- Protects your brain – The same flavanols that may improve the flow of blood through your body (lowering your blood pressure and easing the strain on your heart), may also help with the pressure and quality of blood flow around your brain. Studies have found that a daily intake of quality cocoa can even improve brain function in the elderly.
While technically part of the onion family, the white, blub-shaped vegetable known as garlic does much more than ward off vampires. (Although the smell when you cut, crush, or peel one of the cloves might also repel any help in the kitchen.) Garlic is one of the earliest domesticated crops, as shown by evidence of going back to ancient Egypt. For most of human history, garlic has been associated with keeping disease at bay.
- Promotes general good health – From the allicin (the antibacterial oil that gives garlic that strong, sulfur-like smell) to the forty-plus other compounds (including arginine, oligosaccharides, selenium, and flavonoids) in this particular spice, garlic is packed with a combination of factors that promote good health.
- Combats illness – Supplements featuring garlic are known to help boost the body’s immune system. One study concluded that garlic could even prevent the common cold
by 63 percent in a control group that used a daily garlic supplement (versus a group using just placebo).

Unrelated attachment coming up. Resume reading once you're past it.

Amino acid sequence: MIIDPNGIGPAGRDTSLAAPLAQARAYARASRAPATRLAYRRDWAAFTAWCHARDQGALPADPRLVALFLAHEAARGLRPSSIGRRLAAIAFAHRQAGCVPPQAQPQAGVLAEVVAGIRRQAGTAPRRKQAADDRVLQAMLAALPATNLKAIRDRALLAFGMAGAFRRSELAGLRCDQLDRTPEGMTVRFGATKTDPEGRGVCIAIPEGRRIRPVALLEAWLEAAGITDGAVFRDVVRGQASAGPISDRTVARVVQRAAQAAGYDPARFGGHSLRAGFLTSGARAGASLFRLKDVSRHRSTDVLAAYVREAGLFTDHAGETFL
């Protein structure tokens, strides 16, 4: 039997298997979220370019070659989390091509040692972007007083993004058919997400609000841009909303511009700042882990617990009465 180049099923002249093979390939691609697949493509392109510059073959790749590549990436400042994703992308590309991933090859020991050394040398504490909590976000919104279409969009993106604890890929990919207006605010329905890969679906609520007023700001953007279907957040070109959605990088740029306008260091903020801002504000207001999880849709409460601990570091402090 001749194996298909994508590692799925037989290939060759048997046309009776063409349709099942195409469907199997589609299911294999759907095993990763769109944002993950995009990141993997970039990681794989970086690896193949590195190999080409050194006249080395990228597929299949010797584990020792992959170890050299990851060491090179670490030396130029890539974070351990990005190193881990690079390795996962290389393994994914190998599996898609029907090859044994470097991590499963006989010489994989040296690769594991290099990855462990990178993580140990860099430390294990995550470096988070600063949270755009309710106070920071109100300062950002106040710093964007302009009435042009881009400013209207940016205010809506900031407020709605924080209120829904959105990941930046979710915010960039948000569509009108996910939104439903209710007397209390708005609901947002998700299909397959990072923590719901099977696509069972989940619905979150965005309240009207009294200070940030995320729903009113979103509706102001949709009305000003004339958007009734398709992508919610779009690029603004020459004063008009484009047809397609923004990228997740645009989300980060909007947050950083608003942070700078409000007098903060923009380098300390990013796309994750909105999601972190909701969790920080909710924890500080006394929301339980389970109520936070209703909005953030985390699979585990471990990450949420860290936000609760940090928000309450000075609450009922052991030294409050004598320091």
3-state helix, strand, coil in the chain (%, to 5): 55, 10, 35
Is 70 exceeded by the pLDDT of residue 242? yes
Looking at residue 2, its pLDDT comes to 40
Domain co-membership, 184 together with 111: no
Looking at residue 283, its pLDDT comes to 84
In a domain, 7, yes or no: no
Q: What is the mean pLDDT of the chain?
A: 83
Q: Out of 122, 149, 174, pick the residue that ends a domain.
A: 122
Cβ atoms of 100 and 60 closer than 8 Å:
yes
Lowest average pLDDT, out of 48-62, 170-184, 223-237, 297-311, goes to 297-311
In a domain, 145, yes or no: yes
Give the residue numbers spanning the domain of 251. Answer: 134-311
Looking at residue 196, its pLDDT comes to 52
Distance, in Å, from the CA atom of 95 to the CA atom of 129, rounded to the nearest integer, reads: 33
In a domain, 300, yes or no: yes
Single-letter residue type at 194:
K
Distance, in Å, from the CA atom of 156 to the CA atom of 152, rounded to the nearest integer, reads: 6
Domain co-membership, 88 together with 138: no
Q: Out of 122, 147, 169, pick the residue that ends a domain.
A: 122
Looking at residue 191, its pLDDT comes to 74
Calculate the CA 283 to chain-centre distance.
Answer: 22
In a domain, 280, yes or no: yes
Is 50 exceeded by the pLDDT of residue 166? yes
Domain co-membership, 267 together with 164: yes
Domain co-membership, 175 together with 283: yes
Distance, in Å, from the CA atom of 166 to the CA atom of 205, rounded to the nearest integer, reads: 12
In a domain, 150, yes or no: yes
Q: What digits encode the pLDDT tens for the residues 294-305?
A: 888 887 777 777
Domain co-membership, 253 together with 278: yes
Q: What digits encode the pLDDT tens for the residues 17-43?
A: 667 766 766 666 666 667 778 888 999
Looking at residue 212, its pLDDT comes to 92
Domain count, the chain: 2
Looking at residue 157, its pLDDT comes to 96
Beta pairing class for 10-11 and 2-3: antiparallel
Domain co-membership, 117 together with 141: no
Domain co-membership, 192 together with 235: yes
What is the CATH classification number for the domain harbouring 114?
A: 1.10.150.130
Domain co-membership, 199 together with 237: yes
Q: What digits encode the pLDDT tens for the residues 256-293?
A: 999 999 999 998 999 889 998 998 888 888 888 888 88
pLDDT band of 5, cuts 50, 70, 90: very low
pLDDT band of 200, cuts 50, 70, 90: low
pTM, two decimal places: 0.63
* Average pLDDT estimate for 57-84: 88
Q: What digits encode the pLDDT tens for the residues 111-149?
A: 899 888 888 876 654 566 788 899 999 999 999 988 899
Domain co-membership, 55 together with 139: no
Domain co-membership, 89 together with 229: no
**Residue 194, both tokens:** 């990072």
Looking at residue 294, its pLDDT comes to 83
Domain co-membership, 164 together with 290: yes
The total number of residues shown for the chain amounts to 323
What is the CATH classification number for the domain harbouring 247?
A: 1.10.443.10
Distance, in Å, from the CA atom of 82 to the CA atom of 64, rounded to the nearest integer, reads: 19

You might be surprised to learn that ginger can do more than just calm an upset stomach or battle nausea. This versatile spice made from a root can be added to almost anything to provide a host of health benefits:
- Confounds bacteria – Besides the bacteria in your digestive system that ginger can target, the gingerol compounds that you ingest will also go to work against many kinds of bacteria in your mouth, helping fight gum diseases and even bad breath.
- Alleviates menstrual pain – In a 2009 study, 150 female participants who took one gram of ginger powder per day for the first three days of their menstrual period reported that their pain was reduced as effectively by the ginger as by over-the-counter drugs.
If you’re familiar with curry, you may know what gives it that yellow color—turmeric, a spice that’s been used in both cooking and medicine in India for thousands of years. Modern scientists have analyzed turmeric and realized that its main active compound, curcumin, can be a strong antioxidant and anti-inflammatory.
However, the content of curcumin in turmeric is only 3 percent, and it’s not absorbed all that well by the human body. But if you eat regular black pepper with curcumin, the rate of absorption goes all the way up to 2,000 percent (yes, two thousand), thanks to the existence of piperine in the pepper.
Spices Do More than Make Your Food Taste Better
By increasing your use of these five spices in your everyday life—whether you take them as supplements or use them as ingredients in recipes and beverages—you can combat all kinds of threats to your health, from a simple stomachache to heart disease or stroke. These spices, all available in your favorite grocery store, contain vital compounds that can not only help improve your health today but also prevent a scare in the future.
Images from Pixabay.